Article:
Karen Carpenter enjoyed testing the limits of her beloved 1979 Jaguar XJS. “She loved to drive up the highway being chased by fans,” biographer Lucy O’Brien ​exclusively shares with Closer.

As one half of the Carpenters, Karen’s honeyed voice and wholesome image made her a superstar in the 1970s. Despite the greatness of the music she left behind, her premature death at age 32 from the complications of anorexia would always color her story with sadness and unfulfilled promise. A new biography seeks to change the tenor of her tragedy. “She’s been presented as a fragile person and a victim,” says O’Brien, author of Lead Sister: The Story of Karen Carpenter. “But I got a sense of a woman who was very driven, pioneering and quite stubborn. She was not a shrinking violet.”

Karen grew up very close to her brother, Richard, who was slightly more than three years older. Like two sides of the same coin, they shared similar opinions on nearly everything. “We were almost like male-female clones. The smiles were identical, and we liked and disliked the same things — not just music: comedians, movies, just about everything,” revealed Richard in 2021’s Carpenters: The Musical Legacy.

Their parents tried to be encouraging of their dreams. When Karen asked for a professional drum kit as a teenager, they purchased it for her though females rarely played drums in the 1960s. “She learned to play exotic time signatures immediately,” Richard tells Closer. “She just got it.” But despite Karen’s natural talent, their mother’s highest praise was reserved for Richard, who had shown signs of being a piano prodigy from a very young age. “Her mother was very dominant and looked on Richard as the musical genius,” says O’Brien. “I think Karen felt overlooked at times.”

But not always. Agnes Carpenter likely assumed she was helping her 17-year-old daughter when she took her to a diet doctor. “You could argue that was the beginning of Karen’s obsession with counting calories and watching her weight,” says O’Brien.

Richard confesses that he knew he and Karen were onto something as the Carpenters. They signed their first record contract in 1969. “I believed in Karen as a singer, myself as an arranger, and the two of us as a sound,” says Richard. “My proudest accomplishment is ‘Close to You.’” Dionne Warwick previously released a version of this Burt Bacharach/Hal David classic, but it would become the Carpenters’ breakthrough hit in 1970 — and arguably the definitive version of the song.

After “Close to You,” everything happened very fast. “We were an overnight sensation,” says Richard, who was put on whirlwind, near constant tours with Karen. “We were headlining Vegas a little over a year from when we hit.”

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The pressure took a toll on both of them. “When you’re on the road, it’s hard to eat. Period. On top of that, it’s rough to eat well,” said Karen, who after seeing unflattering photos of herself doubled down on dieting. “As the Carpenters became famous, she was more self-conscious,” says O’Brien, who pinpoints 1975, when Karen was hospitalized, as the start of her decline. “From then on, it was about periods of recovery. She was really in the grip of anorexia, and it became more chronic each time she relapsed.”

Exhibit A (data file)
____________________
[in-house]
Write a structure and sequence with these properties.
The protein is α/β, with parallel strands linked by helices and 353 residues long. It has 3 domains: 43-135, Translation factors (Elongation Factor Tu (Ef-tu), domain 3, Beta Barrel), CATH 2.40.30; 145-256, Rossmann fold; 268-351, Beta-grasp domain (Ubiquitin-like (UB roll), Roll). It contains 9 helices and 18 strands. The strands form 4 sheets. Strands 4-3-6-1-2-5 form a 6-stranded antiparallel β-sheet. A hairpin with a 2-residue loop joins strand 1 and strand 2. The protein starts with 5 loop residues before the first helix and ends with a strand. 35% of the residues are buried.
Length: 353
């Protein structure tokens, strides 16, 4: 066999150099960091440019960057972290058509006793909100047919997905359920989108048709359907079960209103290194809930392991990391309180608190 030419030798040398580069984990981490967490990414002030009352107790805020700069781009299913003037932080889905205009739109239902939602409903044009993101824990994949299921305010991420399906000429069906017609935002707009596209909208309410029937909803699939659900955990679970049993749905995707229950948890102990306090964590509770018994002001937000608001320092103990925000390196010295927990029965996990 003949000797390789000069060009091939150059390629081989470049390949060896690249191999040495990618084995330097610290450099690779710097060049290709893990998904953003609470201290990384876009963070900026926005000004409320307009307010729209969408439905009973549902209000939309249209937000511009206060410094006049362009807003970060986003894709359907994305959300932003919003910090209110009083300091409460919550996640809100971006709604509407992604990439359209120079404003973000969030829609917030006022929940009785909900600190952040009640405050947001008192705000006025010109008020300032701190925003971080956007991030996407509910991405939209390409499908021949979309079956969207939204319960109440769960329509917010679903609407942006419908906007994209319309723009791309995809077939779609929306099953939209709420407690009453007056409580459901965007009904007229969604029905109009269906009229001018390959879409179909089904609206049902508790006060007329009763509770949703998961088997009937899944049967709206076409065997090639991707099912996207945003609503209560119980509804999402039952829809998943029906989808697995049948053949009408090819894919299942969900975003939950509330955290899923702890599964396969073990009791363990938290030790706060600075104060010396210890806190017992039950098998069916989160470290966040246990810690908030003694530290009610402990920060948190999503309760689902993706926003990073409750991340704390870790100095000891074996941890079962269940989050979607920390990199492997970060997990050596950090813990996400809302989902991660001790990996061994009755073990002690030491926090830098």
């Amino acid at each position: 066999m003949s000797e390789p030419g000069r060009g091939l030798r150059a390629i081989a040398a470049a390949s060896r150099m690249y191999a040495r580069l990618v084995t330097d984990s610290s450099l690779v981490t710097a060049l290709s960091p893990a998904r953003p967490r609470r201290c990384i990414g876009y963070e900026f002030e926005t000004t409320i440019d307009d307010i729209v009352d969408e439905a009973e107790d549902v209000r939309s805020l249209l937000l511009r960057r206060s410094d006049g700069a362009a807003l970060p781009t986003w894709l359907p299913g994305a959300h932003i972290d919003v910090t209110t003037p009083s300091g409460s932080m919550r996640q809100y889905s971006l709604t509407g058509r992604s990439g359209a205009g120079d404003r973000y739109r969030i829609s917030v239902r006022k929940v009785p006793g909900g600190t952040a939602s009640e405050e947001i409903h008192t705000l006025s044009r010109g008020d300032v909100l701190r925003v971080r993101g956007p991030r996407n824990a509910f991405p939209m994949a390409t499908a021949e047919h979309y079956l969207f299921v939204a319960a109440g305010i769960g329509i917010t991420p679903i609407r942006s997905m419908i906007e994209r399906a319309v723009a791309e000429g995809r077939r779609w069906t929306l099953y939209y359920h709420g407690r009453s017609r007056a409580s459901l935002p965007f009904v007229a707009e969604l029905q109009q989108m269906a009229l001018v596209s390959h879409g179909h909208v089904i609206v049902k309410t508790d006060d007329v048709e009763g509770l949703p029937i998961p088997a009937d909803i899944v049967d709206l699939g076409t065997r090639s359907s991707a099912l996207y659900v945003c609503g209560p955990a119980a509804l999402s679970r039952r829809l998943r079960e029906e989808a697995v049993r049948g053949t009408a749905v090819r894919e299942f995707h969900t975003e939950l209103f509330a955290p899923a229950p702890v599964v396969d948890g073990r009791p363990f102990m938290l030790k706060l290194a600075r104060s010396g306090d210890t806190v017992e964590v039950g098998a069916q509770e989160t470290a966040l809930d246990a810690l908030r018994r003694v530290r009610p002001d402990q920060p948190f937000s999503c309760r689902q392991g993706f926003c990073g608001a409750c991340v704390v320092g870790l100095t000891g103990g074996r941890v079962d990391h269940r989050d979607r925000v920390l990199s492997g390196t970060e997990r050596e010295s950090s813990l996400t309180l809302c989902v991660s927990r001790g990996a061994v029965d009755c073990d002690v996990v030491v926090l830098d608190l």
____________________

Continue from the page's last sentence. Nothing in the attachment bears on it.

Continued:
The unyielding schedule also impacted Richard, who began taking Quaaludes to help him sleep and wound up addicted. He took a break from performing in 1979 to address his health. “Karen really should have been taking time off to get herself well, too,” says Chris May, co-author of Carpenters: The Musical Legacy. “But when Karen was struggling with something, she threw herself into her work.”

There were other heartbreaks: Karen’s solo album, recorded while Richard was on leave, was judged unreleasable by her record company. “She had invested $400,000 of her own money,” says O’Brien. “It was devastating. She felt very rejected after that.”

Turning her attention to her personal life, Karen wed Thomas Burris, a real estate developer, after a whirlwind romance in 1980. It was a mistake. “He was very good at spending her money, and the marriage was short-lived,” says O’Brien. “I think when that marriage failed, that was part of what sent her into a real tailspin.”

After her first collapse, Karen tried different therapies to deal with her anorexia, which was not yet treated as a life-threatening illness by the medical profession. “Karen thought she could beat it by willpower alone,” explains O’Brien, who adds that anorexia became like an addiction for the singer. In addition to severe calorie restriction, Karen exercised compulsively, took a thyroid medication to speed up her metabolism and abused laxatives.

Still, when she arrived back in California a few pounds heavier after months of therapy with a New York psychotherapist, she felt hopeful. “Karen would say that she was going to beat this,” says O’Brien. “She was taking treatment seriously.”

Karen met with Richard to talk about the Carpenters a few days before she went into cardiac arrest at her parents’ home and died on February 4, 1983. “Her story is really tragic and really sad, but she did her best,” says O’Brien. “I think she would say that it was the music that really mattered the most.”